This article is only available in the PDF format. Download the PDF to view the article, as well as its associated figures and tables.
To the Editor:—
The appearance of a new sedative on the market always presents a medicolegal problem in that individuals accidently or purposely take or administer an overdose with resultant deaths. Such is the situation with a new sedative, Doriden (a-ethyl, a-phenyl glutarimide). Several reports have already been received implicating Doriden in suicides and possibly murder. Our laboratories have succeeded in developing a colorimetric test for Doriden and some of its metabolites that is based on the reaction of hydroxylamine with the imide group to form an hydroxamic acid. The addition of ferric ion causes the formation of a purple complex. In applying this method to the analysis of Doriden and its metabolites in urine, column chromatography was required to eliminate esters, amides, and anhydrides, which also react with hydroxylamine. From the preliminary results obtained to date, the determination of a metabolite, a-phenyl glutarimide, is of more value than that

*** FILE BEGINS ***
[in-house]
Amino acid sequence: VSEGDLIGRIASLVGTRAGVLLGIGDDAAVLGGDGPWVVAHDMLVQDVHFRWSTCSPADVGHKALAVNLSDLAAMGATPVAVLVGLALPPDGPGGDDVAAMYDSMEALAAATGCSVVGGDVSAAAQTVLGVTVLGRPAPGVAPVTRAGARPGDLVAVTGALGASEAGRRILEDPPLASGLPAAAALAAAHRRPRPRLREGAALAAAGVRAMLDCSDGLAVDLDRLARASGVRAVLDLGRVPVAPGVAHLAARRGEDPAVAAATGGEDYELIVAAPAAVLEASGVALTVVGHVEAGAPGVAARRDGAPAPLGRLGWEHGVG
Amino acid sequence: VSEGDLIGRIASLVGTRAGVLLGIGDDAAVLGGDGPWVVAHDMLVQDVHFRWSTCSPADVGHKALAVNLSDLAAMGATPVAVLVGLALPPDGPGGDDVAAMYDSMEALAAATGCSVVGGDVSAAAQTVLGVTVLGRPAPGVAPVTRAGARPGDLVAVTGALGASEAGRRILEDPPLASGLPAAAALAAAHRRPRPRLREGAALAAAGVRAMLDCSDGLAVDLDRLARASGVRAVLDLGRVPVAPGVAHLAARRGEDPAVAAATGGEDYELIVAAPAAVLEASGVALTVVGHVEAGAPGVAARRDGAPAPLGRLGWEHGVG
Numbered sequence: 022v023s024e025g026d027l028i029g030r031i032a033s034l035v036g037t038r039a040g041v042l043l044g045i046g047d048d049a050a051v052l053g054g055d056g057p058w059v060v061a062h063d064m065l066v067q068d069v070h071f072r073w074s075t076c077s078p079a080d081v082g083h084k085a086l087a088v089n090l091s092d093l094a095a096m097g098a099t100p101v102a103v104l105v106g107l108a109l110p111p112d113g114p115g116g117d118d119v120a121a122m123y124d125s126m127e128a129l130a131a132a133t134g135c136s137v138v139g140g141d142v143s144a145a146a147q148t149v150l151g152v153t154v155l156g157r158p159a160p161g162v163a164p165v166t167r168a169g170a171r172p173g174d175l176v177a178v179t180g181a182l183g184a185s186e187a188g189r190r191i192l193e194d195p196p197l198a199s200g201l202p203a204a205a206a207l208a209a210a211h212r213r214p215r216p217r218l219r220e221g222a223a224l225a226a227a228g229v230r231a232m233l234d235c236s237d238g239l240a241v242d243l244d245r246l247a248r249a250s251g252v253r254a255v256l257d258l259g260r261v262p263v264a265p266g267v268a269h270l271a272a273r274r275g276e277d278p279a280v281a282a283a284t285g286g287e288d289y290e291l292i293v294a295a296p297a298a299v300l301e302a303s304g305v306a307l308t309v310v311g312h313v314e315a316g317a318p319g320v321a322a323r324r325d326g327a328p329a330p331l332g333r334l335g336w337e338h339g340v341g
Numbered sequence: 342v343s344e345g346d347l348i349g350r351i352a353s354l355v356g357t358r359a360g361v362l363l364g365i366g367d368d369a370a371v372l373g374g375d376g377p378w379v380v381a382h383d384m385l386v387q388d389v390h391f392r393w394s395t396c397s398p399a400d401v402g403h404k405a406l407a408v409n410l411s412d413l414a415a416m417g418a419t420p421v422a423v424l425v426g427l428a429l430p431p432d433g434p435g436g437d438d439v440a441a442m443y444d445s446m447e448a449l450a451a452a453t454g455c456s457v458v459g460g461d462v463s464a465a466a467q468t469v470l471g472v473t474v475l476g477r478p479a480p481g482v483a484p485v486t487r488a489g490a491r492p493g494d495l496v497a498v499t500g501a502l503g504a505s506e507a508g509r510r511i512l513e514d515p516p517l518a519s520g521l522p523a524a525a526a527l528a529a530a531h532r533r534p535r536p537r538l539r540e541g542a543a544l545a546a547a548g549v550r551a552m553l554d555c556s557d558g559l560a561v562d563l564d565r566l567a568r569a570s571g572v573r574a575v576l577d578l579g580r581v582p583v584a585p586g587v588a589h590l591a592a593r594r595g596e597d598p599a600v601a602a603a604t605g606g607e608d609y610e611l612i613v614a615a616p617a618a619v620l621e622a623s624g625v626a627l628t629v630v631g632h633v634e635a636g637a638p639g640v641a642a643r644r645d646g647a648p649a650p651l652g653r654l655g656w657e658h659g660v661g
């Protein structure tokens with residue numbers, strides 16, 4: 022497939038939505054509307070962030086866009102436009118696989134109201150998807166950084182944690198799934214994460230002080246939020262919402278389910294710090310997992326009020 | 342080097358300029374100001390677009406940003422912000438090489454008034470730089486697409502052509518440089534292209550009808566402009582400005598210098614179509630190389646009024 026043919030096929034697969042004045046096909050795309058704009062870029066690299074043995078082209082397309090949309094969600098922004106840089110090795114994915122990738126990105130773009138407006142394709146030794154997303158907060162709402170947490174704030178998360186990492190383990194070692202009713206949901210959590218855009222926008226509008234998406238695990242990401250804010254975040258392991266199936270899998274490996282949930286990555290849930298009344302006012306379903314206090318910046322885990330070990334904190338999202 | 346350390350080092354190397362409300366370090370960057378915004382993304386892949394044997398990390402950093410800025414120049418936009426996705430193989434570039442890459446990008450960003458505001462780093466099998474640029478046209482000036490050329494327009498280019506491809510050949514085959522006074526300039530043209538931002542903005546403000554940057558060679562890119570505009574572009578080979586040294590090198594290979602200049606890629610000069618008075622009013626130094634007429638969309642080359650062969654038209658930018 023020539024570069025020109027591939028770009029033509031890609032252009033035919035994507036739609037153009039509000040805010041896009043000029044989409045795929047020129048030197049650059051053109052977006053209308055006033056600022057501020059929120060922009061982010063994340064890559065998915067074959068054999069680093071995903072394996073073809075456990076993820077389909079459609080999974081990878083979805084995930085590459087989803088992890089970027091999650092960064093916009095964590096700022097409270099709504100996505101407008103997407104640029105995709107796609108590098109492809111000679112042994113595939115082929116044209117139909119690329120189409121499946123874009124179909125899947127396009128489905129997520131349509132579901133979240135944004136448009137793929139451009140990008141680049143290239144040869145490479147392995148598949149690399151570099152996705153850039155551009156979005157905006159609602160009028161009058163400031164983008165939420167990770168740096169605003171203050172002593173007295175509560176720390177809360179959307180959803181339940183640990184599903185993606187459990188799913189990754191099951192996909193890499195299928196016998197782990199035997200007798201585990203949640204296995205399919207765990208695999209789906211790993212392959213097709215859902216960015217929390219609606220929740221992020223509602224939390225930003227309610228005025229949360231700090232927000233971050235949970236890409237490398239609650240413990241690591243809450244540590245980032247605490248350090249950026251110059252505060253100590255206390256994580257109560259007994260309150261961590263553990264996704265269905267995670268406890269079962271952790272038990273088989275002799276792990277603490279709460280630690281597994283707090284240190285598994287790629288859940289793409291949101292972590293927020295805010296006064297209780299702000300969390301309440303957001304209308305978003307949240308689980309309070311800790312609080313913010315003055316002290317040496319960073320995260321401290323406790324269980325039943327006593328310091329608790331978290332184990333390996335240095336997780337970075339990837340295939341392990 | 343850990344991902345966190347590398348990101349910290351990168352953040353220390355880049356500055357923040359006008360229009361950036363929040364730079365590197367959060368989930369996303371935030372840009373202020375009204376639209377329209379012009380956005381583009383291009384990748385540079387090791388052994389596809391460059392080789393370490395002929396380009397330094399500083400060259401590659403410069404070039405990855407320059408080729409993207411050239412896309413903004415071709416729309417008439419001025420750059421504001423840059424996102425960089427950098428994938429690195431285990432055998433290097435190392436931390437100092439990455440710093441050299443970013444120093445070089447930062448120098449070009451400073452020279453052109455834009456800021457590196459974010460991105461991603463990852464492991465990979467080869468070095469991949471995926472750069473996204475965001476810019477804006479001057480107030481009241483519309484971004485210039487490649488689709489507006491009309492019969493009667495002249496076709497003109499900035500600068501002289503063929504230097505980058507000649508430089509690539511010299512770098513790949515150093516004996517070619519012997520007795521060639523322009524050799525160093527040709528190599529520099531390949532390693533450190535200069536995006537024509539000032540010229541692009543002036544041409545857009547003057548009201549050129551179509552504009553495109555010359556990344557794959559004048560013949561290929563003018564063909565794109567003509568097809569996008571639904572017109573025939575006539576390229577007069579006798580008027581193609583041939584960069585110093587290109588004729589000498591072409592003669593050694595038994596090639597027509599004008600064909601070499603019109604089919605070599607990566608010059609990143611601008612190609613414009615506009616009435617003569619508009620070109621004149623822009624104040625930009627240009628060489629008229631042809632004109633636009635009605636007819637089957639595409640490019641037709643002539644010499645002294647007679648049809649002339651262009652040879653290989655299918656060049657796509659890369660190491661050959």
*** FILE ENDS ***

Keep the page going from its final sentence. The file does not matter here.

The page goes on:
Sheppard H. TEST FOR DORIDEN. JAMA. 1955;159(10):1052. doi:10.1001/jama.1955.02960270072022
Customize your JAMA Network experience by selecting one or more topics from the list below.